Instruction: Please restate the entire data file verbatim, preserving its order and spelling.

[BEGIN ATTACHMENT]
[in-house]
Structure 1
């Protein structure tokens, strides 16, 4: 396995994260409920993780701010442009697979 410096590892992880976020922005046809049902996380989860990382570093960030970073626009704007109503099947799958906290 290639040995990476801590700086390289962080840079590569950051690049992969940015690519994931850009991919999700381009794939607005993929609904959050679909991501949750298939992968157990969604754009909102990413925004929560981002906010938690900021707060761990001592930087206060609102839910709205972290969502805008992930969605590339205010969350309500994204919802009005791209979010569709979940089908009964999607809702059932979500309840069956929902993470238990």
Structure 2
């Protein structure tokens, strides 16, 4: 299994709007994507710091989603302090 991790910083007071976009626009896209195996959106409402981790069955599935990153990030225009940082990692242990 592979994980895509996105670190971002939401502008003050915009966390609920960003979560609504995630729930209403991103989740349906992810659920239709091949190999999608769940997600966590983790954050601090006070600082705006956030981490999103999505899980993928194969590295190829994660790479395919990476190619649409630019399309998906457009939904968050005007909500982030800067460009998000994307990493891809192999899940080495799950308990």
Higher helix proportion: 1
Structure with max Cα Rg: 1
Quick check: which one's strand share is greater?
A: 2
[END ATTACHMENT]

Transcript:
[in-house]
Structure 1
């Protein structure tokens, strides 16, 4: 396995994260409920993780701010442009697979 410096590892992880976020922005046809049902996380989860990382570093960030970073626009704007109503099947799958906290 290639040995990476801590700086390289962080840079590569950051690049992969940015690519994931850009991919999700381009794939607005993929609904959050679909991501949750298939992968157990969604754009909102990413925004929560981002906010938690900021707060761990001592930087206060609102839910709205972290969502805008992930969605590339205010969350309500994204919802009005791209979010569709979940089908009964999607809702059932979500309840069956929902993470238990």
Structure 2
């Protein structure tokens, strides 16, 4: 299994709007994507710091989603302090 991790910083007071976009626009896209195996959106409402981790069955599935990153990030225009940082990692242990 592979994980895509996105670190971002939401502008003050915009966390609920960003979560609504995630729930209403991103989740349906992810659920239709091949190999999608769940997600966590983790954050601090006070600082705006956030981490999103999505899980993928194969590295190829994660790479395919990476190619649409630019399309998906457009939904968050005007909500982030800067460009998000994307990493891809192999899940080495799950308990």
Higher helix proportion: 1
Structure with max Cα Rg: 1
Quick check: which one's strand share is greater?
A: 2